The Fender Deluxe Reverb is an iconic tube amplifier famous for its bright, clean reverb sound. It has been in production in production since 1965. As of January 2011, Fender currently mass-produces a 22-watt reissue of the original amp, called the '65 Dexlue Reverb. As is typical with tube amps, ongoing maintenance and troubleshooting are necessary for optimum operation. The tubes themselves are the most common source of problems, but it's smart to fully check the amp when there is a malfunction.
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Things you need
- Soldering iron
- Spare tubes
- Spare fuses
- Shaving brush
Buy a new guitar cable. The sounds created by a damaged guitar cable can often be mistaken for amp problems. Eliminate this possibility from the troubleshooting process by using a brand new guitar cable.
Turn the amplifier off and dial the master volume to zero. These are loud amps so to avoid ear injury, start the troubleshooting process with the amp as quiet as possible. Unexpected bursts of feedback from a malfunctioning amp can be extremely loud.
Plug your guitar in. Turn the amplifier on and gradually increase the volume. If the amplifier fails to power up, the problem is likely to be in the power section. A blown power tube can cause the power section to completely fail. Check the power cable is properly connected to the amplifier and that the plug is properly connected to the wall. If the amplifier powers up, but no sound is coming out when you increase the volume the problem is likely to be located in the preamp section. If there is an intermittent dip in volume or distinctly poor quality output, the problem could be a loose fitting speaker.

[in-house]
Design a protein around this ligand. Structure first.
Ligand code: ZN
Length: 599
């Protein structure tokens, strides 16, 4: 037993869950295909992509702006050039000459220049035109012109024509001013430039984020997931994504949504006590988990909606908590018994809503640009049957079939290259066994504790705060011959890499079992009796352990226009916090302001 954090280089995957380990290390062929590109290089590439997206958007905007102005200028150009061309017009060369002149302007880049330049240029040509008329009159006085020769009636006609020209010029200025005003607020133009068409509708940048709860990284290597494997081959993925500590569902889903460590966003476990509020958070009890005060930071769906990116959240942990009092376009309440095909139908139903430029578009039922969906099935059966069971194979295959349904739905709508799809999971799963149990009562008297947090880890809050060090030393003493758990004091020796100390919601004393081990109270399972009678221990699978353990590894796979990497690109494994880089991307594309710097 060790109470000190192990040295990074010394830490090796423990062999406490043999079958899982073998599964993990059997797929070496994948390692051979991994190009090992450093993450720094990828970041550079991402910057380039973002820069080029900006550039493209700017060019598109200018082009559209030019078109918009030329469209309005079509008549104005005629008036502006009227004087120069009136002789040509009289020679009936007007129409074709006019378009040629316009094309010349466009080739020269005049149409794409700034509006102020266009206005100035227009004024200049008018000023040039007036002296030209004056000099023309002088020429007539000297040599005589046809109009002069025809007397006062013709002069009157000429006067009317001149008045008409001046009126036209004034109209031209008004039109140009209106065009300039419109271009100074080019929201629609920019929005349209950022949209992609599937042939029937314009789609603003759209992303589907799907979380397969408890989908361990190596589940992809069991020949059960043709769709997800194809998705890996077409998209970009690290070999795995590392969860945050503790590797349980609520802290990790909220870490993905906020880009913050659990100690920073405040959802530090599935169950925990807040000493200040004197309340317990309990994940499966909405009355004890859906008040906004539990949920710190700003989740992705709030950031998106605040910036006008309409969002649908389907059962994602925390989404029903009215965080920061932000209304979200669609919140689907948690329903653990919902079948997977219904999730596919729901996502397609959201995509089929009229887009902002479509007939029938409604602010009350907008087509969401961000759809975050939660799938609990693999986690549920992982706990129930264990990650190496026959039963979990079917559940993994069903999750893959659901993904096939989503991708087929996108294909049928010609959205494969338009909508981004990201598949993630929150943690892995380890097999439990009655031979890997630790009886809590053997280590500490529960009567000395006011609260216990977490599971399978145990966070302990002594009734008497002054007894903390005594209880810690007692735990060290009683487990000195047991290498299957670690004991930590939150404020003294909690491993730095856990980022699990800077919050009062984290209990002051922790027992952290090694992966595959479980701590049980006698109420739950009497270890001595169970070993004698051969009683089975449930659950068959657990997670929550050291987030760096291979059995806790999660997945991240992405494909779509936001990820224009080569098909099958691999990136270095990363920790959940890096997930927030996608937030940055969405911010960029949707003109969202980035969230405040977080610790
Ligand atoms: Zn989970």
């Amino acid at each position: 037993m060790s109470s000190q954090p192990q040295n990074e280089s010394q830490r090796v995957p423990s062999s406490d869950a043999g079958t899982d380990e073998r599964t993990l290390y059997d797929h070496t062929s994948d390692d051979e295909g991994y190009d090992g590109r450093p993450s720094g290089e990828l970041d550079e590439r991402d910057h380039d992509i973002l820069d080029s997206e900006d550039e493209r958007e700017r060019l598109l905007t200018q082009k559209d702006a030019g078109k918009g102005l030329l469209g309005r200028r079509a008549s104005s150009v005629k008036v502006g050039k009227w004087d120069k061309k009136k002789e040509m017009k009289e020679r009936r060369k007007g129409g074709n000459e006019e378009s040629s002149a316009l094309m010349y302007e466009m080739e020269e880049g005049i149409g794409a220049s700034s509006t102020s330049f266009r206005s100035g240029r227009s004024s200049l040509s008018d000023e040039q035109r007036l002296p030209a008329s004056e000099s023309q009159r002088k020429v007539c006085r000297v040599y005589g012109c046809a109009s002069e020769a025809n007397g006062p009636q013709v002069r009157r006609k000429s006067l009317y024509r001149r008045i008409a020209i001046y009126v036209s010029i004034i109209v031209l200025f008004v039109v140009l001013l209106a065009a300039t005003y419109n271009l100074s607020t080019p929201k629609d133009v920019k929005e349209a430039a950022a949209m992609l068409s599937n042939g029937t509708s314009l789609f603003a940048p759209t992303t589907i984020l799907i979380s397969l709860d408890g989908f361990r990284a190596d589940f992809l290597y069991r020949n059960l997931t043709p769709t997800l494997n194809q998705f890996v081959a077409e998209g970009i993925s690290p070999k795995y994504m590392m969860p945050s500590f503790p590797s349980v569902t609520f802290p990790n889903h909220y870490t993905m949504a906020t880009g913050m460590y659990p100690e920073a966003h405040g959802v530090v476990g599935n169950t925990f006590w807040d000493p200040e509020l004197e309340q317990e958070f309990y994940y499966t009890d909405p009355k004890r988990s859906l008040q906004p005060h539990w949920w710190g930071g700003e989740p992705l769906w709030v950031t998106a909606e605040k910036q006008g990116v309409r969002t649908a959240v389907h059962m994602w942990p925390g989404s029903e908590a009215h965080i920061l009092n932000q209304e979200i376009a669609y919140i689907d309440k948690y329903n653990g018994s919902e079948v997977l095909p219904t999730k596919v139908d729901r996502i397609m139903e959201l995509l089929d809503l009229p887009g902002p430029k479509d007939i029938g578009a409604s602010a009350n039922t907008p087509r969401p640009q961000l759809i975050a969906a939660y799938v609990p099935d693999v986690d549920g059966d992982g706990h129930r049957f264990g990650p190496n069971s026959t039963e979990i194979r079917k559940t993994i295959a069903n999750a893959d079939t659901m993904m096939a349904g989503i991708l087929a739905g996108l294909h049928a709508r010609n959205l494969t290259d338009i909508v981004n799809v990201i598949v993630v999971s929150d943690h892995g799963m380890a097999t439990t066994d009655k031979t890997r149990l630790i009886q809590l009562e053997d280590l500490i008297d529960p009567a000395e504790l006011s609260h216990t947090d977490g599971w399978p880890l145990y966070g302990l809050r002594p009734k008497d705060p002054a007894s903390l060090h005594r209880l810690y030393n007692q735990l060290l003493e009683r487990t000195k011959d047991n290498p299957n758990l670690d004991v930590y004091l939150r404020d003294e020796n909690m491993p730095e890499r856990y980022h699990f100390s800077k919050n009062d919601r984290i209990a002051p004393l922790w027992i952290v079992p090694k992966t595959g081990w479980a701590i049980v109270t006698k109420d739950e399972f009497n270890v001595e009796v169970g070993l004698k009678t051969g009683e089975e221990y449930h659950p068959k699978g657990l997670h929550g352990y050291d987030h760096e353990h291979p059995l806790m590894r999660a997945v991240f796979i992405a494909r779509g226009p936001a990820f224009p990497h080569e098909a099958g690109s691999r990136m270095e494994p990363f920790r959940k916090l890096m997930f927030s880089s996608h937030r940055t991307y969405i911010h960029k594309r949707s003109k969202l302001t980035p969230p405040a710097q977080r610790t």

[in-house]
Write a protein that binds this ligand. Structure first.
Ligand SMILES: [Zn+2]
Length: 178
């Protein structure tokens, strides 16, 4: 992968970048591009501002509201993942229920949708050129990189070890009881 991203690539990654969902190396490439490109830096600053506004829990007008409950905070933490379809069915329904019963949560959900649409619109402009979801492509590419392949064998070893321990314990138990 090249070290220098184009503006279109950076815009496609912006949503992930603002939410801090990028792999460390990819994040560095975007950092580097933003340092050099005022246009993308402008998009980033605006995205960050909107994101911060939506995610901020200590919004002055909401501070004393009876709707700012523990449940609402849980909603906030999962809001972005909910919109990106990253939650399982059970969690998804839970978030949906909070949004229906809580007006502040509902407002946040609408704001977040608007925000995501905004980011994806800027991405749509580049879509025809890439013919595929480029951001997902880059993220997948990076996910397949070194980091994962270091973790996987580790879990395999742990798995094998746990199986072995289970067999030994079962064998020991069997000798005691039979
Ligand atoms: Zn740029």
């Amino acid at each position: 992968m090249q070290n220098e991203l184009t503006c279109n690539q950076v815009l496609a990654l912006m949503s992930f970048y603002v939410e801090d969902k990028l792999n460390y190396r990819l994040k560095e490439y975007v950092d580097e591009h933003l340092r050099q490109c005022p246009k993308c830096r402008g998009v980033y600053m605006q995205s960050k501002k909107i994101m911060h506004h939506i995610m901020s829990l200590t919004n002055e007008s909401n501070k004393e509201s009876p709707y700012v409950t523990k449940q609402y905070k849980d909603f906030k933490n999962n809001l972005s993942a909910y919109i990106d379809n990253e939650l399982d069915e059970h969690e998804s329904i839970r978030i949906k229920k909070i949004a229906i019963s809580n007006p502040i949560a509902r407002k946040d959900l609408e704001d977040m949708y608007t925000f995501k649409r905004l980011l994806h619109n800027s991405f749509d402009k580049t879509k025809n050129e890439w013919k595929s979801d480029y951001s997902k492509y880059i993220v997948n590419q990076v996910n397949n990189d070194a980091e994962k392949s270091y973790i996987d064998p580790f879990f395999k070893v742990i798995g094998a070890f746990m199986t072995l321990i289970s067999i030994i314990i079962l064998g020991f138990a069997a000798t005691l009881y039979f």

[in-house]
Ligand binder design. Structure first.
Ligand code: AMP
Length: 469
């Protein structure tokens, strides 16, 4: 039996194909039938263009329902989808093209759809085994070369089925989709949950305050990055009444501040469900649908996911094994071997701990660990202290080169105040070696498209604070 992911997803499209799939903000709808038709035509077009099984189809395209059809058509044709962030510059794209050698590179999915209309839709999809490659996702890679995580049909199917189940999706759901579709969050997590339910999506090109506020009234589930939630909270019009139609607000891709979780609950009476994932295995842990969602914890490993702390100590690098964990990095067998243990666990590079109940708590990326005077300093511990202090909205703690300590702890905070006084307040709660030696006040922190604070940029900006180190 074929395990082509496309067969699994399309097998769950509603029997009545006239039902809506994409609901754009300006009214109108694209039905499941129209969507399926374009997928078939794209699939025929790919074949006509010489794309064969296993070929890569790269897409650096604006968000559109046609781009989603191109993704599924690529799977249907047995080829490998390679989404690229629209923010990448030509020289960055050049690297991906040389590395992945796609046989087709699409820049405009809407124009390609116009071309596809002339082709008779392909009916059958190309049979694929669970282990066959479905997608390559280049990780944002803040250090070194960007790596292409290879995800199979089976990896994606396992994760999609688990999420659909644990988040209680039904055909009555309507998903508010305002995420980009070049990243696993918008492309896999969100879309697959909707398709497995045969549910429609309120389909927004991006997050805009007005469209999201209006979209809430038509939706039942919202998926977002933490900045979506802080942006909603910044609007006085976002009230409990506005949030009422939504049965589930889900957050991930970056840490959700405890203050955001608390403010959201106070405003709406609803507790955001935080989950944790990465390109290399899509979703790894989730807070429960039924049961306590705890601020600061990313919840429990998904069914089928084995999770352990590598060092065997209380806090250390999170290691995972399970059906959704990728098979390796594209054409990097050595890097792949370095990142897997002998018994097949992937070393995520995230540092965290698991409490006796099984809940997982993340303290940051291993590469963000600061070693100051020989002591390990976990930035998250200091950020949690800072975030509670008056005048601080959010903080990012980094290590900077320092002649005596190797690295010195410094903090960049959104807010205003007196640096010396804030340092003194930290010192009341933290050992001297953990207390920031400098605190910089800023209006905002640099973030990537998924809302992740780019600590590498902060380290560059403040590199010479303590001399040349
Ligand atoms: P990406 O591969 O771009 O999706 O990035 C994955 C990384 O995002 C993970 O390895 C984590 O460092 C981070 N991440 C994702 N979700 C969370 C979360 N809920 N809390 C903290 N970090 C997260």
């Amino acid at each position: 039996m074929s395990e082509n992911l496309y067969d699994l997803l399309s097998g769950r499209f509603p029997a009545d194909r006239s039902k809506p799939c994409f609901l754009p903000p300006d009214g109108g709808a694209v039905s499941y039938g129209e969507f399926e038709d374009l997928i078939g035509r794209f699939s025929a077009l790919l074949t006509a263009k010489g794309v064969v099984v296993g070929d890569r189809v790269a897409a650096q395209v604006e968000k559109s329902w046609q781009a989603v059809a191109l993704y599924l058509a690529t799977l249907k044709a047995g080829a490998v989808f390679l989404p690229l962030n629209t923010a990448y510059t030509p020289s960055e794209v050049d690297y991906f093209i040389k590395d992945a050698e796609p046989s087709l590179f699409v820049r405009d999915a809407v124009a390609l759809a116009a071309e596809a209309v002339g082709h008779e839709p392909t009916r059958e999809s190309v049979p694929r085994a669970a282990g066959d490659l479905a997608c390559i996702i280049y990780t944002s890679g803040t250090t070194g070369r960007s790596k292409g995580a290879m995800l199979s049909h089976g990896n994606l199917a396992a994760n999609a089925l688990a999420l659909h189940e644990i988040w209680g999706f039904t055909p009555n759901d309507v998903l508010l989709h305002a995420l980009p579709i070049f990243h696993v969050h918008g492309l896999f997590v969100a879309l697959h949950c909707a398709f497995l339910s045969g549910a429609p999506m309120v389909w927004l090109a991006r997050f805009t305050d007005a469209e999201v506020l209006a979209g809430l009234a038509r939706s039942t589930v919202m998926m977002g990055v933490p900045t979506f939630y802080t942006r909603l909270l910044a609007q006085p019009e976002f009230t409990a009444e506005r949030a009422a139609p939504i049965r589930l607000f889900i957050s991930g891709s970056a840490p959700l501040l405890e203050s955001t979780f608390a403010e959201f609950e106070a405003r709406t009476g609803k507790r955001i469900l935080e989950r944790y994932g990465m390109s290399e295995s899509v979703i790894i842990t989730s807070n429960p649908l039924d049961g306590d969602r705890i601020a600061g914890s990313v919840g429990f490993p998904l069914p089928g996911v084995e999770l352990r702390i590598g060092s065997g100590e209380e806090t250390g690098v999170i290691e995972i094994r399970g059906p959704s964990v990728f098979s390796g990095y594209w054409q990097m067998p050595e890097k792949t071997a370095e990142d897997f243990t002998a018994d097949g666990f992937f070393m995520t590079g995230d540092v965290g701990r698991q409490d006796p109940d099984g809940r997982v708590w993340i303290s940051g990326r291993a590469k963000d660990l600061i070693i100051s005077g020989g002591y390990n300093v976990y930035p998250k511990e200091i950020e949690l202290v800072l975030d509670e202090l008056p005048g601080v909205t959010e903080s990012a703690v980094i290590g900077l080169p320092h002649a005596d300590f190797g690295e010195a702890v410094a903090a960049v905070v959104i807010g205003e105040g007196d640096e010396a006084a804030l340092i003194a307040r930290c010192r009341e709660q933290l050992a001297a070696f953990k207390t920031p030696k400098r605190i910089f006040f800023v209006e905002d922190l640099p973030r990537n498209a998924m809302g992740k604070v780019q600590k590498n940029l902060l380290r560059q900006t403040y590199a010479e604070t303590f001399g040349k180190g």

Turn the power off and remove the power supply. Unscrew the back panel to expose the power section, preamp and speaker. If your Fender Deluxe Reverb doesn't power up at all, replace both 6v6 power tubes. Then try the amp again. If this doesn't fix the problem, inspect the fuses. Fuses blow out to protect the amplifier from power surges. A blown out fuse will have a brownish tint. Replace any fuse with this appearance.
Inspect the preamp section. Slide the preamp towards you. To fully remove it, disconnect the wires with a soldering iron. The Fender Deluxe Reverb reissue has six preamp tubes: Four 23AX7 tubes and two 12AT7. If any of the tubes have blown out, they will have a burn on the glass. If you spot any damaged tubes, replace the entire set. Replacing the set in its entirety with an identical set removes the need to bias the tubes. Once you've replaced the tubes, test the amp again. Clean the potentiometers on the preamp while you have the back off. Buzzing and hissing can be caused by dirt accumulations behind the dials. Melt away any solder blobs from the chassis using a soldering iron. Brush away the residue.
Inspect the speaker. Crackling and rattling sounds can be caused by a loosefitting speaker. Tighten any loose screws. If you spot any rips in the speaker material, replace the speaker.
Tips and warnings
- Use a plastic-safe contact cleaner to clean the potentiometers.
- Consult a qualified tech or electrician if you are unsure of making any repair. Guitar amps can carry potentially lethal currents, so always be extra cautious.
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